Abbreviations: DOX, doxorubicin hydrochloride; MTT, methylthiazolyldiphenyltetrazolium bromide; NPs, nanoparticles; TA, tannic acid; SD, standard deviation.

Figure 6CI shows the microscopic examination of HepG2 cells after treatment with blank or DOX-loaded NPs for 24 h. Cells treated with blank NPs (Figure 6DF) did not have a changed morphology image compared with the control one (Figure 6C). For the treatment with DOX-loaded NPs, the cells became round, lost their characteristic stretched appearance, showed clear cytoplasmic blebbing and vacuolation (Figure 6GI).54

Intracellular uptake of NPs

The cellular uptake of DOX-loaded NPs was evaluated on HepG2 cells at different time intervals using CLSM and flow cytometry (Figure 7). As shown in Figure 7A, after only 2 h of incubation, the red fluorescence appeared in the cytoplasm for DOX-loaded zein/CMCS NPs, indicating fast internalization of DOX inside the cells. The intensity of red fluorescence increased when extending the incubation time. Previous reports have shown that DOX fluorescence is observed only when DOX is released due to the self-quenching effect of DOX in NPs.55,56 As shown in the CLSM image, the DOX could quickly release from the zein/CMCS NPs, consistent with drug release results. The dramatic decrease in fluorescence intensity was seen when DOX was loaded in Cu2+-TA-coated zein/CMCS NPs after 2 h of incubation (Figure 7B). When extending the time to 6 h, the fluorescence intensity markedly increased in the cytoplasm, resulting from the release of DOX in acidic conditions. DOX-NPs-TA/Ca2+ witnessed faster internalization of DOX inside the cells compared with DOX-NPs-TA/Cu2+ (Figure 7C). After 6 h of incubation, the fluorescence was disseminated in the cytoplasm. This result was consistent with the release results, and DOX-NPs-TA/Ca2+ showed faster release rate than those coated with Cu2+-TA films. Flow cytometry measurements were further performed to quantify the results, which also revealed a consistent increase in the fluorescence intensity in HepG2 cells when extending the incubation time (Figure 7D). As shown in Figure 7D, the mean DOX fluorescence intensity in HepG2 cells treated with DOX-NPs was higher than those incubated with DOX-NPs-TA/metal NPs. This result was the same as the CLSM results.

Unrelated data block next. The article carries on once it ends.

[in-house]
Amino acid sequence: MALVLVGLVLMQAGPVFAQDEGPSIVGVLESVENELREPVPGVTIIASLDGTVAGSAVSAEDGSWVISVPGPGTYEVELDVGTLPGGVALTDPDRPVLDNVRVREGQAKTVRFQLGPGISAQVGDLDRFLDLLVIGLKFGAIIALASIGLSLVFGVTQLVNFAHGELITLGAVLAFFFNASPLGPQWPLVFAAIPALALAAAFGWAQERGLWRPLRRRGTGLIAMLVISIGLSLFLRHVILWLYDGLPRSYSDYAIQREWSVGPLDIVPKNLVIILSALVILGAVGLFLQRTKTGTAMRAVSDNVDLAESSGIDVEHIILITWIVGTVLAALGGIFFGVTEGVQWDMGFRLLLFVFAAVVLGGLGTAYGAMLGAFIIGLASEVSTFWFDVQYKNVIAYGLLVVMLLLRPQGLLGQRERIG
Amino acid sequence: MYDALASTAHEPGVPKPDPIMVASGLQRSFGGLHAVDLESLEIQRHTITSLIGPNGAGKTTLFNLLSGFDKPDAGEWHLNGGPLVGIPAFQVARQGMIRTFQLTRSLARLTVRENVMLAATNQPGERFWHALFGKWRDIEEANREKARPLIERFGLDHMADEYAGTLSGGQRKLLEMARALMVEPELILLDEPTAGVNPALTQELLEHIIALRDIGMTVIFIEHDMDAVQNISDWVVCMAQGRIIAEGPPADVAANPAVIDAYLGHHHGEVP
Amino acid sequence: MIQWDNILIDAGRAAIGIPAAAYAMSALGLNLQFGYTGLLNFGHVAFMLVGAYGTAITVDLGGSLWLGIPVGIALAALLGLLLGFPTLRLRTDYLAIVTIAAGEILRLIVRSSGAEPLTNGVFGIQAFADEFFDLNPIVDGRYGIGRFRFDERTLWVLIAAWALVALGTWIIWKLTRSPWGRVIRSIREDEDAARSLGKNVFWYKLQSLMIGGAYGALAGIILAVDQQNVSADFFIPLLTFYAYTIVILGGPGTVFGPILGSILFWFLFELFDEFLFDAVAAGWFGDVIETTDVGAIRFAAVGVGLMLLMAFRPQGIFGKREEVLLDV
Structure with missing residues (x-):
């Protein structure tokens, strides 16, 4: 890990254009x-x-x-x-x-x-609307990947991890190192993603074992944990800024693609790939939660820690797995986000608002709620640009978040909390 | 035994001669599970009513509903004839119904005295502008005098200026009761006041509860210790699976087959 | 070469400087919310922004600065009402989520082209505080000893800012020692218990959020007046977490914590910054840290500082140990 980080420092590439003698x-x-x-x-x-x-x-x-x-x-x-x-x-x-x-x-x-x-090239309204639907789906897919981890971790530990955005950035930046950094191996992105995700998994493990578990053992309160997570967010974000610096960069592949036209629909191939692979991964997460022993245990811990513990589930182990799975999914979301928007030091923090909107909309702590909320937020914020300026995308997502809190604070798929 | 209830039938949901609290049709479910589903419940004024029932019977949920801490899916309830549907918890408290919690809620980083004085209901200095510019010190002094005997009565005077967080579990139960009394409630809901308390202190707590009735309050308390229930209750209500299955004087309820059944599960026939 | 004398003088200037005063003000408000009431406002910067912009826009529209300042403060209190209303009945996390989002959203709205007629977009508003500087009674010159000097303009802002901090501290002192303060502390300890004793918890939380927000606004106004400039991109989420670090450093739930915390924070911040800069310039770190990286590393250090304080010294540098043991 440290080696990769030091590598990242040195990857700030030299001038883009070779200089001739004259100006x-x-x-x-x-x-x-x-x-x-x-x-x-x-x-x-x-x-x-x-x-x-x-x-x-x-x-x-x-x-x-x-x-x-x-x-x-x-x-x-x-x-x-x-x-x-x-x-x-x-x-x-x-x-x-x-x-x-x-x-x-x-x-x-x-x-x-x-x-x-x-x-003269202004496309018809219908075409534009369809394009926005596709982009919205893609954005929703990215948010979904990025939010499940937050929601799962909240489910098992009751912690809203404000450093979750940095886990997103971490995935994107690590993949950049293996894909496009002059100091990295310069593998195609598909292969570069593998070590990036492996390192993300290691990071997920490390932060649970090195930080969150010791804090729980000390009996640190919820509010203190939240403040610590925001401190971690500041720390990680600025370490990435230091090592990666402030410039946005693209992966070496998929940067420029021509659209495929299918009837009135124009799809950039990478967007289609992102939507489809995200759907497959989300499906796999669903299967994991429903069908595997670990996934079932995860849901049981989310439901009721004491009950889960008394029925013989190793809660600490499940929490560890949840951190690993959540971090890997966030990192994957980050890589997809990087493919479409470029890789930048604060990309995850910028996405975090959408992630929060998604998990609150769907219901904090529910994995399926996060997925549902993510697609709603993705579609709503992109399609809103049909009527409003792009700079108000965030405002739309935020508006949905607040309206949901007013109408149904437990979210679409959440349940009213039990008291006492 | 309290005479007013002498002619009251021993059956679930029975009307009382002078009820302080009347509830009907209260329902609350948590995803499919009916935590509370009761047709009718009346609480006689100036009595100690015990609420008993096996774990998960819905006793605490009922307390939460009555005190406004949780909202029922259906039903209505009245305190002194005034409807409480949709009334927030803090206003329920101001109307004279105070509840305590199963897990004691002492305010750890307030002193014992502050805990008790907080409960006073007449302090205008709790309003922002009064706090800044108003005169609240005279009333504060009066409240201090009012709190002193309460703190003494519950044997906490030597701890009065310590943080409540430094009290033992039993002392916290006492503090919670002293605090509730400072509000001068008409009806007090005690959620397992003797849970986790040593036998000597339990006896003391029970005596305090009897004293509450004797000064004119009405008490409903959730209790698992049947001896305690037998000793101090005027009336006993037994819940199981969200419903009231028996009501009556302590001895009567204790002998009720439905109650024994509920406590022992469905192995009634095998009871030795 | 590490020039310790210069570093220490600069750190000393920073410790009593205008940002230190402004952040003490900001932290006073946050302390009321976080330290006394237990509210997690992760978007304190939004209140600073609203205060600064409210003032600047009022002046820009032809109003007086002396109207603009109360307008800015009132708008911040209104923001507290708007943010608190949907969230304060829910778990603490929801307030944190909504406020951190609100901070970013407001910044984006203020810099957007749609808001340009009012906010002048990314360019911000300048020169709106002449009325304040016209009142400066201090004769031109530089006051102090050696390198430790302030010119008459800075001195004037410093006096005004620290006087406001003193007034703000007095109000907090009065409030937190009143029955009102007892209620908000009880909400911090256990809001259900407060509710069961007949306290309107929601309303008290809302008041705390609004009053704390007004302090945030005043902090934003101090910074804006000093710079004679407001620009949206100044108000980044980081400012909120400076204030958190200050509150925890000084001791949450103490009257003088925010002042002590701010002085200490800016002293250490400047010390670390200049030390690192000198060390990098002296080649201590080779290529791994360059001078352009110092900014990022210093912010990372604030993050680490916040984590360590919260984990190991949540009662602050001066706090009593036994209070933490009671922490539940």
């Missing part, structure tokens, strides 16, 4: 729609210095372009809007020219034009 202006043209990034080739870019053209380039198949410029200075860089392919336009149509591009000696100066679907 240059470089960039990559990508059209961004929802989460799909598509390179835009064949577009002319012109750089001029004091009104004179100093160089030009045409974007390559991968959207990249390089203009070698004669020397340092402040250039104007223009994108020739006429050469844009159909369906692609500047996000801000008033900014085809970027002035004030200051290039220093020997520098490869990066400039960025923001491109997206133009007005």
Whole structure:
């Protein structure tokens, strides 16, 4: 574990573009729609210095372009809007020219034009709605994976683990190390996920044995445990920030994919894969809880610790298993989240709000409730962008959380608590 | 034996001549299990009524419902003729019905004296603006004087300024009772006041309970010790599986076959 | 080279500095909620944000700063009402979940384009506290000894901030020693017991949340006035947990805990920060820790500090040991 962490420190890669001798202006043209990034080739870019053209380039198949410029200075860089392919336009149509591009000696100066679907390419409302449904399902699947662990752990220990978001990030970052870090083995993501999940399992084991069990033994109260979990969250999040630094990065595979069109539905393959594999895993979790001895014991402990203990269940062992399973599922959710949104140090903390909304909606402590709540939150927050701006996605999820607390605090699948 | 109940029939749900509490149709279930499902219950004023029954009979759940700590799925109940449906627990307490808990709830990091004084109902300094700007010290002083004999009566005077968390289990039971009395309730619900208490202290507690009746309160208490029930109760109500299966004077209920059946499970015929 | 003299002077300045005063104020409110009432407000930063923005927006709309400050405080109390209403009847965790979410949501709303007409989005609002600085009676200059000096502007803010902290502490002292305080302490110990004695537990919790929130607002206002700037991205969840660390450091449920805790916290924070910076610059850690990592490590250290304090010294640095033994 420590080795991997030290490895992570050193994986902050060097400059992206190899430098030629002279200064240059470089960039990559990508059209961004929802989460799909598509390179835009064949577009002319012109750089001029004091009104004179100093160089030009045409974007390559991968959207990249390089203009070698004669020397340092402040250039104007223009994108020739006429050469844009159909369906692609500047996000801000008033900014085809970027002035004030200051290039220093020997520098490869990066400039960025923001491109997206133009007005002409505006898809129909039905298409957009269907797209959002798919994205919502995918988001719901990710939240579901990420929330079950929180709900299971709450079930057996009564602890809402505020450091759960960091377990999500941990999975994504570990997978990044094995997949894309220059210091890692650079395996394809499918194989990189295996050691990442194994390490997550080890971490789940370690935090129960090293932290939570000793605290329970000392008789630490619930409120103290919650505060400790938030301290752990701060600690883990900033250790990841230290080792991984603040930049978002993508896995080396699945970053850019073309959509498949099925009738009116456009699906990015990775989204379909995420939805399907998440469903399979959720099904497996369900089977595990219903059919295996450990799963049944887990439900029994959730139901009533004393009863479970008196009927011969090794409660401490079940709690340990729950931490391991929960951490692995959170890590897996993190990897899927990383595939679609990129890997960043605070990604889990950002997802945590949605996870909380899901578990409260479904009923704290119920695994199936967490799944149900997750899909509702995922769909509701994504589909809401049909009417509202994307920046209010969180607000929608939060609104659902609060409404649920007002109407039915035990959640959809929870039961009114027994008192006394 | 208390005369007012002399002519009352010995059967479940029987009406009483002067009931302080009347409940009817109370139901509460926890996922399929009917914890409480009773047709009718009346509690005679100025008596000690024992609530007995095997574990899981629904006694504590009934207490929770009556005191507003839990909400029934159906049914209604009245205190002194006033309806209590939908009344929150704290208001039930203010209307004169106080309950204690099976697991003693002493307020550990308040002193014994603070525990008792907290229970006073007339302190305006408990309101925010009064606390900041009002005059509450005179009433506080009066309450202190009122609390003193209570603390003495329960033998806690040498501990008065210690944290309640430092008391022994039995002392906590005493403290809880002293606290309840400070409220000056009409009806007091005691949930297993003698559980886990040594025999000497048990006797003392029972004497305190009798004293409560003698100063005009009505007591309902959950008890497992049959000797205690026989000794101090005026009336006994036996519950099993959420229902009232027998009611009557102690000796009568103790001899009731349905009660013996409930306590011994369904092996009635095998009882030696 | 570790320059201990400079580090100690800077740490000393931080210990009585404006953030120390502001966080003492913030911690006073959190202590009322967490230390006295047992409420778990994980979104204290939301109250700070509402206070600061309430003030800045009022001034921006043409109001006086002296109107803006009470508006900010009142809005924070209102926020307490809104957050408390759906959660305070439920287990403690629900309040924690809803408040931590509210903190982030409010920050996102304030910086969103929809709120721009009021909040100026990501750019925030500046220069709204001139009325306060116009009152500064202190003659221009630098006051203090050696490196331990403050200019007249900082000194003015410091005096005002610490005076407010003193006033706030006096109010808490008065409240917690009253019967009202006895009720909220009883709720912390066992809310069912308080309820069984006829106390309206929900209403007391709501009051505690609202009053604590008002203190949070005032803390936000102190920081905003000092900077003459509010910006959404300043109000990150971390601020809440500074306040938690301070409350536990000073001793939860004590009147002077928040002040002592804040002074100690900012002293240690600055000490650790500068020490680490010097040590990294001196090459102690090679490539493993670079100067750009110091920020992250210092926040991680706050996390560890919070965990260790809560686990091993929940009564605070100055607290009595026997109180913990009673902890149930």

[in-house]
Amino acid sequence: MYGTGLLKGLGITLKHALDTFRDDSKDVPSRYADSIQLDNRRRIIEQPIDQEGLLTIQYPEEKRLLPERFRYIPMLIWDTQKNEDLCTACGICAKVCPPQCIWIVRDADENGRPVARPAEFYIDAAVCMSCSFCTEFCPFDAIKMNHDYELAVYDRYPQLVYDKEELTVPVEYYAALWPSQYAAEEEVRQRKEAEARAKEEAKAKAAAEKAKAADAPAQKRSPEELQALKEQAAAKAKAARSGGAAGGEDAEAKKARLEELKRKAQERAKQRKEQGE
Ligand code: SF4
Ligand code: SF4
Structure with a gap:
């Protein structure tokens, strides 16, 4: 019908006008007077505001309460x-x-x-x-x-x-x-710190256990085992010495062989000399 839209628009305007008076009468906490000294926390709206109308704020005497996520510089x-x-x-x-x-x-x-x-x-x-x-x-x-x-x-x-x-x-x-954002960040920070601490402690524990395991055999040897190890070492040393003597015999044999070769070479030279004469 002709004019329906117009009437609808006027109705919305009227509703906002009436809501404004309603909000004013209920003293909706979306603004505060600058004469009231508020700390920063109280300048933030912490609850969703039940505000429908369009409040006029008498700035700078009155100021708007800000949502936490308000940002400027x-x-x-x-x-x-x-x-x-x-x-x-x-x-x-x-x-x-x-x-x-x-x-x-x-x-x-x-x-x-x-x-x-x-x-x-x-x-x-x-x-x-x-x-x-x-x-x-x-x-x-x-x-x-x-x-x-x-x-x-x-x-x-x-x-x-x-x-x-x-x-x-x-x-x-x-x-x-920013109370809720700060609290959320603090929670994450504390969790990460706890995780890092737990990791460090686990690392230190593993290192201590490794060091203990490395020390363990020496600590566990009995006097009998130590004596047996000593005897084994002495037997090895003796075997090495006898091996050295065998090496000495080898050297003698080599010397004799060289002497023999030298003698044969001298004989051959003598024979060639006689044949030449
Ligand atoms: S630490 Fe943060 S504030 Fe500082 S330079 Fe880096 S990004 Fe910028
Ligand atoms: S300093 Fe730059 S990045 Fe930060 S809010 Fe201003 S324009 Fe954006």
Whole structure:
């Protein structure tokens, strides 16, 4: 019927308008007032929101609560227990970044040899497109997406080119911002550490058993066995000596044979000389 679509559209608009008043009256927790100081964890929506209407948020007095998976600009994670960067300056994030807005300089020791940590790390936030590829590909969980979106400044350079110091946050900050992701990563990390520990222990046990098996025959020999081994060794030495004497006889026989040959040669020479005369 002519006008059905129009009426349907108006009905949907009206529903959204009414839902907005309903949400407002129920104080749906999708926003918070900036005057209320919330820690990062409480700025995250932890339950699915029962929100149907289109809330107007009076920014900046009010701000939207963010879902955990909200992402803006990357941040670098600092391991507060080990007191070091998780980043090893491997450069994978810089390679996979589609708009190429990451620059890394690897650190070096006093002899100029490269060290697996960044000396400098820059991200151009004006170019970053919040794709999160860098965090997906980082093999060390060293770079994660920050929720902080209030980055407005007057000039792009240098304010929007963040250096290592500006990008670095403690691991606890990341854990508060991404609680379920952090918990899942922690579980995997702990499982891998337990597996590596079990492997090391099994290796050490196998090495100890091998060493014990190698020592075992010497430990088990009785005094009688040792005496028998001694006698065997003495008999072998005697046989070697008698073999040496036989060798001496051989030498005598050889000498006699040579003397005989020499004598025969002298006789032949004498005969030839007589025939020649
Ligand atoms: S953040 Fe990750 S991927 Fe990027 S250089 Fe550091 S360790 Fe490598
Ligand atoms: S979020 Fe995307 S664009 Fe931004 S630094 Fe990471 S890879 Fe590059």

Figure 7 The qualitative (AC) and quantitative (D) study of cellular uptake.
Notes: CLSM images of intracellular uptake of DOX-NPs (A), DOX-NPs-TA/Cu12+ NPs (B) and DOX-NPs-TA/Ca2+ NPs (C) by HepG2 cells. The scale bars represent 20 μm. Flow cytometry results of HepG2 cells as a function of time treated with DOX-loaded NPs (D). Data displayed as mean ± SD (n=3). **P<0.01 versus the DOX-NPs group.
Abbreviations: CLSM, confocal laser scanning microscopy; DOX, doxorubicin hydrochloride; NPs, nanoparticles; TA, tannic acid; SD, standard deviation.

The cellular uptake results displayed that DOX-NPs-TA/metal NPs would be internalized into the cells and partially release the drug because of the cleavage of coordination bonds.

Conclusion

We have demonstrated a biodegradable pH-responsive film constructed into zein/CMCS NPs, which is based on the formation of coordination complexes between TA and metal ions. XPS analysis identified that the metals were incorporated into the NPs. The controlled release of anticancer drugs was tailored by pH values as well as the metal species and feeding concentrations. The cytotoxicity of blank NPs was found to be negligible but the DOX-loaded NPs exhibited a high cytotoxic activity against HepG2 cells. The cellular uptake results displayed that DOX-NPs-TA/metal NPs would be internalized into the cells and partially release the drug because of the cleavage of coordination bonds. This study on the design of a pH-responsive delivery system based on coordination bonding has provided a new insight for controlling the release of drug, exhibiting the potential application in antitumor therapies.

Acknowledgments